DJ: And I would just like to point out that the New York Times – talk about non-reality-based, the New York Times talks about human beings transitioning from male to female. Biologically, that’s not how it works.

JHK: Well, that’s because they’re a reality-optional newspaper.

DJ: Exactly. A simulation of the thing is not the thing itself. So, the stodgy New York Times, which worries very much about whether you should use “that” or “which” in a sentence, has made biology optional. Which is stunning to me.

JHK: Yeah. And, you know, it’s an indication of our increasing inability to think clearly about anything. The final product of all that is we become unable to construct a coherent consensus about what’s happening to us, and therefore we cannot make a coherent plan to do anything about it.

DJ: A coherent consensus of what is happening to us?

JHK: Yeah, we can’t construct a coherent consensus about what is happening to us.

DJ: Can you be specific about what you mean by “what is happening to us”? I agree with you, I just want more detail.

JHK: Well, for example, the suburban matrix we were just talking about. It’s self-evident that we’re really going to have to reorganize the physical arrangement of living, on the terrain of North America. We’re not going to be able to continue to live in suburban Dallas, in Minneapolis, and Washington Beltway, suburbs. That stuff is going to fail. And it’s gonna fail grotesquely and badly. What our destination really is, is having to return to walkable communities. But we’re unable to even have a conversation about that. Every conversation about transportation that we’re having is just about how to substitute one sort of motive power for another. We never talk about; maybe it would be a good thing if we became conscious of the need to move back to walkable communities and neighborhoods.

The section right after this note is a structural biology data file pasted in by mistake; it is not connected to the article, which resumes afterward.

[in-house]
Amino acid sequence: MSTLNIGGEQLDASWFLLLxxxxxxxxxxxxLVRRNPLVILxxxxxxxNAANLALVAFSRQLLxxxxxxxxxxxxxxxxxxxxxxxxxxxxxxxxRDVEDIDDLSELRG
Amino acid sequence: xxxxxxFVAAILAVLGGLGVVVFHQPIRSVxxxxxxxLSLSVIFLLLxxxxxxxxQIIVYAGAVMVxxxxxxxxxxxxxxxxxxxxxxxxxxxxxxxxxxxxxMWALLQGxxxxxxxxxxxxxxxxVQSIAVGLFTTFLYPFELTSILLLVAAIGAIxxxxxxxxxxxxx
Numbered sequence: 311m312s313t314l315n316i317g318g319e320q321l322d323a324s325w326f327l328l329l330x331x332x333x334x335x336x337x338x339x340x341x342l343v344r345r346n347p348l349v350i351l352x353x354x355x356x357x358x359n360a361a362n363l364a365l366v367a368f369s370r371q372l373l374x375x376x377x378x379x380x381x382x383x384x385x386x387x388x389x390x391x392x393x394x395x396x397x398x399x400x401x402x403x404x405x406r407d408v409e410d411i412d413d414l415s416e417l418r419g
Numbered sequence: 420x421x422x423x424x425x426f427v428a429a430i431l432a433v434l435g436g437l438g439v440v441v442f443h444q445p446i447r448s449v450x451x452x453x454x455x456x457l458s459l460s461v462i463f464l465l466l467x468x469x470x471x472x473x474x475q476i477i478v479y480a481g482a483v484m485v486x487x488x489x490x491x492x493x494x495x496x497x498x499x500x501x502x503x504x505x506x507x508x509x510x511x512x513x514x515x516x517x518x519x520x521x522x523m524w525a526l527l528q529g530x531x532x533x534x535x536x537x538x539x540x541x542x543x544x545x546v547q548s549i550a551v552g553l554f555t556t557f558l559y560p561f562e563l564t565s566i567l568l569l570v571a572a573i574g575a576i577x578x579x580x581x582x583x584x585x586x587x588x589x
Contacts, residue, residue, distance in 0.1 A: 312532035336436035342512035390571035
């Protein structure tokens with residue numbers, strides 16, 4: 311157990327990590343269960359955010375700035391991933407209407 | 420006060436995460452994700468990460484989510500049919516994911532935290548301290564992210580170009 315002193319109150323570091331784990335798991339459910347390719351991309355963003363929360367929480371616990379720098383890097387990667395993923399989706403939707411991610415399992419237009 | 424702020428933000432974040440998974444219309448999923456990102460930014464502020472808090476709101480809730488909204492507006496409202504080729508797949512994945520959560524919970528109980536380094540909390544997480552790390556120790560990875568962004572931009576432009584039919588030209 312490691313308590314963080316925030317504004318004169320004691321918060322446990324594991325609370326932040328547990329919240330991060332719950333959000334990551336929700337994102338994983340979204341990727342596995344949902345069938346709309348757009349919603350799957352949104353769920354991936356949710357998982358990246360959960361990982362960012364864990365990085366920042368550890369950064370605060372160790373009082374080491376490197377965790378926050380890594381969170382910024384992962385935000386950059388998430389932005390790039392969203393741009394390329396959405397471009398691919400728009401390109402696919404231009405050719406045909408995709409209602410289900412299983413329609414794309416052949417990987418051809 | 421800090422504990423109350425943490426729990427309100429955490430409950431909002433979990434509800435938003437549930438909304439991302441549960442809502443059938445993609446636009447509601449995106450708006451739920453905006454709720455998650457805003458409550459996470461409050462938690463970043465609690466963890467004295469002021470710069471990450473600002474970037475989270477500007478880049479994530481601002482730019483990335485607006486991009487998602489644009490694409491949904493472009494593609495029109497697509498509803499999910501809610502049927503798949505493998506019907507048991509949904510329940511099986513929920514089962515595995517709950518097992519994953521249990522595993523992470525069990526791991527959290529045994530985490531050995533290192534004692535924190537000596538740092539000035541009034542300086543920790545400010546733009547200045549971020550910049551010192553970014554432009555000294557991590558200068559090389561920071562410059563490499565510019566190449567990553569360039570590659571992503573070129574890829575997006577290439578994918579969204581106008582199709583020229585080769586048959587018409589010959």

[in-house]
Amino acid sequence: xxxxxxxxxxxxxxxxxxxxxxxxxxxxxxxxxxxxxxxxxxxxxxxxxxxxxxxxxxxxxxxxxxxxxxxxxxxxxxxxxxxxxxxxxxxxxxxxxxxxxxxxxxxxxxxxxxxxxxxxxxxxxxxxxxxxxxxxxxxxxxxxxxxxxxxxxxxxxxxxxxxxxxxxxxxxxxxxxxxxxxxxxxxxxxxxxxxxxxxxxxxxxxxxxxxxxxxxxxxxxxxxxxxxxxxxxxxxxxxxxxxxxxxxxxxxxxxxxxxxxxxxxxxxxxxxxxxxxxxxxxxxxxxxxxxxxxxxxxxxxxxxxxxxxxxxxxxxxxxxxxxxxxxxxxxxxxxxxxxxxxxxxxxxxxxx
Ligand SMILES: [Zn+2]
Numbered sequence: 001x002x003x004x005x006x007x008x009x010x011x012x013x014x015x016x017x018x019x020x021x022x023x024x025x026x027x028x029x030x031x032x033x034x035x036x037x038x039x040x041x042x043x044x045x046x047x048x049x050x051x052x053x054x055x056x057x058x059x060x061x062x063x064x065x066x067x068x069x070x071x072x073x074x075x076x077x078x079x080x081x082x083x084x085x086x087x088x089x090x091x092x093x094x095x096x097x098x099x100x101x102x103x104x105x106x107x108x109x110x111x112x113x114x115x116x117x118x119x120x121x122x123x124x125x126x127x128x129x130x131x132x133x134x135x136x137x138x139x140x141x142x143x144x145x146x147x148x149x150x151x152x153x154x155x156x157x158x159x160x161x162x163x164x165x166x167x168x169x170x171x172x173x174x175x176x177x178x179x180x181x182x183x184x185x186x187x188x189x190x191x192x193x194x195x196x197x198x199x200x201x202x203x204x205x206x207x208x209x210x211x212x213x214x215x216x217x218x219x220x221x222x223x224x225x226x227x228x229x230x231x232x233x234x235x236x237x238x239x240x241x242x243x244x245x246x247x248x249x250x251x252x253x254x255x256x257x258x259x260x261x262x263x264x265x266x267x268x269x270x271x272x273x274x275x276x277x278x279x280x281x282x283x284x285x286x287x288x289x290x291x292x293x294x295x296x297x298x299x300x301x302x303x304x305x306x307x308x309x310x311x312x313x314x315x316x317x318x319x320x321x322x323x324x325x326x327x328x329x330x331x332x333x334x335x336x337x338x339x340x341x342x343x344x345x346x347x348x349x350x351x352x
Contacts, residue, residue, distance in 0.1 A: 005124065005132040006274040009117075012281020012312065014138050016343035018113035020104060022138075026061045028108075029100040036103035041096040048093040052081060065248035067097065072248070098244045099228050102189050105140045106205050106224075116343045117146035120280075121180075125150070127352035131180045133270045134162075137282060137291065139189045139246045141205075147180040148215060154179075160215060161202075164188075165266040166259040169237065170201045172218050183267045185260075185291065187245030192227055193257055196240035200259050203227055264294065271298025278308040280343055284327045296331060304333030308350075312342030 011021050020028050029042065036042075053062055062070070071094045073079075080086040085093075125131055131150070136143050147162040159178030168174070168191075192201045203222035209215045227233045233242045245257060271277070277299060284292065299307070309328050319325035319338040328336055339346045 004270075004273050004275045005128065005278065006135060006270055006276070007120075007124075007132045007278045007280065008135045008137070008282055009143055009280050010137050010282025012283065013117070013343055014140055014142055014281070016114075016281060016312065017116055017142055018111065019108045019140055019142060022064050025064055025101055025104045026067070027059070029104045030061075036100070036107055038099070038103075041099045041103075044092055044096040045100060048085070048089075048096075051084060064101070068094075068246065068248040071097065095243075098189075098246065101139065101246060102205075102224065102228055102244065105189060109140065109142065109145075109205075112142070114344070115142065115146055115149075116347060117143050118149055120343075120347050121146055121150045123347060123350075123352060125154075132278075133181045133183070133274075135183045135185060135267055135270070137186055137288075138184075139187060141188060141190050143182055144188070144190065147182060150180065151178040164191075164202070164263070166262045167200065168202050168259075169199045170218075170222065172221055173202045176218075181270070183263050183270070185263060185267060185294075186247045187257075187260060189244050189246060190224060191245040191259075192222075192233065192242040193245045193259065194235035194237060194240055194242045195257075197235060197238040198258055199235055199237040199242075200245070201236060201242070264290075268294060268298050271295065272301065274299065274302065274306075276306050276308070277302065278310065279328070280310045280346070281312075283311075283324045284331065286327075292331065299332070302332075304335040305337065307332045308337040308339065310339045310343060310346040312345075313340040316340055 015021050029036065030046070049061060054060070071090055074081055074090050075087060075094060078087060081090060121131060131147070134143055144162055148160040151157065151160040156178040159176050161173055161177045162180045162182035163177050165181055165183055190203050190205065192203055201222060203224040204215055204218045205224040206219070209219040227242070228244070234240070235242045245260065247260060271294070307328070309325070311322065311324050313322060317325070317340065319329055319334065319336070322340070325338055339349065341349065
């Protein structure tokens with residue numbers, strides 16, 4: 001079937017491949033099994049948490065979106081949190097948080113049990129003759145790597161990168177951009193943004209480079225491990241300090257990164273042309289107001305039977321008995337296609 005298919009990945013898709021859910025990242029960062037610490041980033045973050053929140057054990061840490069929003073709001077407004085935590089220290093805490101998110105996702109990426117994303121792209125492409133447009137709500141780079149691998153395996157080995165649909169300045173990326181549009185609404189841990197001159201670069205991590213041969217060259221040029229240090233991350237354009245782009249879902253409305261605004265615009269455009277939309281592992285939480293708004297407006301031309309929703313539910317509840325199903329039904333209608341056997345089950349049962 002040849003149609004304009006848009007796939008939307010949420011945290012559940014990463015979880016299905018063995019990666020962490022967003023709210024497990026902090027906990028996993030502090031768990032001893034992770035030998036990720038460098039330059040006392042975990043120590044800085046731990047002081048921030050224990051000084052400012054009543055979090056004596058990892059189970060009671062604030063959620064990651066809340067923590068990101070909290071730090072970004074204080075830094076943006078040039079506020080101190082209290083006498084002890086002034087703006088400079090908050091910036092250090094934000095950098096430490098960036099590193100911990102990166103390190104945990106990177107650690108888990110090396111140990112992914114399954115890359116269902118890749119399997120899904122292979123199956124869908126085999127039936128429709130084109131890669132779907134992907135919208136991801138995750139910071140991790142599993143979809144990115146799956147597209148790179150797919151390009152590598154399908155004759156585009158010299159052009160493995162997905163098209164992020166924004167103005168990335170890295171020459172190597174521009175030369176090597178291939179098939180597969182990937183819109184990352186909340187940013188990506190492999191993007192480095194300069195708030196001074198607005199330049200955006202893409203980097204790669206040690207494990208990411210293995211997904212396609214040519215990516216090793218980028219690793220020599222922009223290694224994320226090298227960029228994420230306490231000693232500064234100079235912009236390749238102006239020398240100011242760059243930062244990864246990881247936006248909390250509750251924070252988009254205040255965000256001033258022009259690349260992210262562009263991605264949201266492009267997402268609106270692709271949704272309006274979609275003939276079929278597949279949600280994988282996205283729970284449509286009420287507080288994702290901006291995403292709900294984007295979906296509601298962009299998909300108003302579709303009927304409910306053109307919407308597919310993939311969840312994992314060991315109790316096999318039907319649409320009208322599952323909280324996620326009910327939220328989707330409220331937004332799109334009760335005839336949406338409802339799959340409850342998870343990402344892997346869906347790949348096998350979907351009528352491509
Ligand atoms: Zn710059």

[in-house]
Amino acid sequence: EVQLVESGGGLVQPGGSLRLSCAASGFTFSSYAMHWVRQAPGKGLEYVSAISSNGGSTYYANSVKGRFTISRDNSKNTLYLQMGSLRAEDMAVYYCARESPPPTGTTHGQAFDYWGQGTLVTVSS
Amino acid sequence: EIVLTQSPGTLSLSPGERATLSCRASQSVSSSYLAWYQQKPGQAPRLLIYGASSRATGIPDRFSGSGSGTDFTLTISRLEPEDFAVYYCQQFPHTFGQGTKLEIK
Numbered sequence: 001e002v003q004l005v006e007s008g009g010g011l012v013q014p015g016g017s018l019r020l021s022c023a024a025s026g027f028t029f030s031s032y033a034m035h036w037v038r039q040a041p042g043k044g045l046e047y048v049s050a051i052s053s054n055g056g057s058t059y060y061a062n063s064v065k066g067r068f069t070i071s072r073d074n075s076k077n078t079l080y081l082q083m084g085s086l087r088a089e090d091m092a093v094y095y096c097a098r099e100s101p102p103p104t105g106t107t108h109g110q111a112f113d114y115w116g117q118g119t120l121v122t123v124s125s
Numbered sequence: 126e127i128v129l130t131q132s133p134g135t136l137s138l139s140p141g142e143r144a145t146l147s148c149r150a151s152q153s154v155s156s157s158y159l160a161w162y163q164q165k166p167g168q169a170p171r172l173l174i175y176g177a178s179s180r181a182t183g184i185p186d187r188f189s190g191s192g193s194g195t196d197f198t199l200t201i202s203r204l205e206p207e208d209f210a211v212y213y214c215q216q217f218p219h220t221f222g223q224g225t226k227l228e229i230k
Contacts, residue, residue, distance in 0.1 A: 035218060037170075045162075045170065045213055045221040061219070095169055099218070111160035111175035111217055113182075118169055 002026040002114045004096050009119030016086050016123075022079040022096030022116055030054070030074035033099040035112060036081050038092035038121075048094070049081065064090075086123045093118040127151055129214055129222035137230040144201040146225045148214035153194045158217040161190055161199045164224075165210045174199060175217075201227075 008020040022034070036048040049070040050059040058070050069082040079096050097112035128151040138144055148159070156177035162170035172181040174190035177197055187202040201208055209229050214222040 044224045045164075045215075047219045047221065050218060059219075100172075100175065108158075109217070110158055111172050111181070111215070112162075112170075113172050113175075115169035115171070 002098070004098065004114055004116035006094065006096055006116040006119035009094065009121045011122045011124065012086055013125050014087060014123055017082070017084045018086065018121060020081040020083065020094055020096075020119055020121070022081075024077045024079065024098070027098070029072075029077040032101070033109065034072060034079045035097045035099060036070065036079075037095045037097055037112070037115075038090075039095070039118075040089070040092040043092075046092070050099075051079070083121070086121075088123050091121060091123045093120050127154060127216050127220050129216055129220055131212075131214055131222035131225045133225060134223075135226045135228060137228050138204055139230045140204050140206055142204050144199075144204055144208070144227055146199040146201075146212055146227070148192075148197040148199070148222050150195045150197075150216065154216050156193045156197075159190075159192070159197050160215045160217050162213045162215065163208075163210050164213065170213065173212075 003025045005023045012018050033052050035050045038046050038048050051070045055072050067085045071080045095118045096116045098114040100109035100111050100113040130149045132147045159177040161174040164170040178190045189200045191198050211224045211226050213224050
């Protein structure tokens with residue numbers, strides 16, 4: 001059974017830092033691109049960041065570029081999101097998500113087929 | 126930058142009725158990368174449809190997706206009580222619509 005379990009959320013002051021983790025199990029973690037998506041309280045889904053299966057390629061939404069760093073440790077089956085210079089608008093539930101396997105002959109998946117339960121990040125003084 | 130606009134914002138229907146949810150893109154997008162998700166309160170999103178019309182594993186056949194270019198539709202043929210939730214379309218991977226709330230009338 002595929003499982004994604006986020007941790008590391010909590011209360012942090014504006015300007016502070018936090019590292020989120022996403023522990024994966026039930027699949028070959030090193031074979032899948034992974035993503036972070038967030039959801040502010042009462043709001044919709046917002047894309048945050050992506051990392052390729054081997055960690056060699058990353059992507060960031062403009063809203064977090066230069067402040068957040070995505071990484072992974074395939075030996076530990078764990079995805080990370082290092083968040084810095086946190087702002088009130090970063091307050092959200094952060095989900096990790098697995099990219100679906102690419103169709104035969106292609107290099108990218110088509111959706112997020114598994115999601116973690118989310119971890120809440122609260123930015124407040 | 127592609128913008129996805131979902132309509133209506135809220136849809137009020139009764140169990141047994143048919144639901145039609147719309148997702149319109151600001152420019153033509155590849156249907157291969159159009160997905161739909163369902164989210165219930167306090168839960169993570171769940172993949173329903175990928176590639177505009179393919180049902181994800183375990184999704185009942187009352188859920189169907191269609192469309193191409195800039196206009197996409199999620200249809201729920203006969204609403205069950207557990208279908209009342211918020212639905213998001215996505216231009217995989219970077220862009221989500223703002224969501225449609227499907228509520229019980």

I was associated with the New Urbanism movement for many years. I still am. And that was their principle contribution. It’s one of the few kinds of programmatic things in our culture that actually offers something concrete.

If we’re going to survive this bottleneck that we’re heading through, of planetary problems, there’s no question but that we’re going to have to make our shit smaller, we’re going to have to make it more local, and we’re going to have to resize and rescale virtually all of our activities, and probably our institutions.

And this is an enormous task. And we’re not able to even think about it.

Here’s another example. Probably one of the things that we could have done in the last twenty years to mitigate the way – the problems with the way we live physically in America is we could have rebuilt the conventional railroad system in America. But we were too techno-narcissistic. We had to – we were only able to think of building a high-speed rail system. And now we can’t do that because we missed the window of opportunity for doing that when there was a lot of – when there was still a lot of wealth in the system, or at least nominal wealth.

The other countries who did it; France and Spain and China; they got it all done in the 1990’s and early 2000’s. We just blew it off because we weren’t interested. Not for any good reason. We just weren’t interested in doing it. We were more interested in driving around. So we didn’t do it. But it’s tremendously important, because if we don’t have a conventional railroad system that works, that connects up all the localities in America, we’re not going anywhere in North America. North America is a very big continent.

There are a lot of reasons why it would have been a good idea. First of all, it was a project that could have been done fairly easily. The infrastructure is mostly still there, lying out in the rain, rusting away. But it’s still there, okay? It’s something we’ve done already and we know how to do it. It would put tens of thousands of people to work, at all levels of work, from management to labor, and would have created a lot of jobs.

But most of all, it would have given us some sense that there was something we could do about our situation. And made it possible – built our confidence up to approach the other things that we have to do. For example, we’re going to have to reengineer the way we do farming and food production in this country. It’s probably gonna have to be on a much finer and smaller basis, with smaller farms. It’s probably gonna have to be much more organic. It’s probably gonna require much more human attention. And less mechanical, or at least less engine-powered activity.

You know, it’s so obvious, it’s so evident that we’re going to have to do that. We’re not going to have the natural-gased based herbicides and fertilizers, for one thing, to just pour them on these sterile soil mediums to grow giant industrial crops of pepperoni sticks and corn. Or cheese doodles, whatever we’re growing out there in Iowa.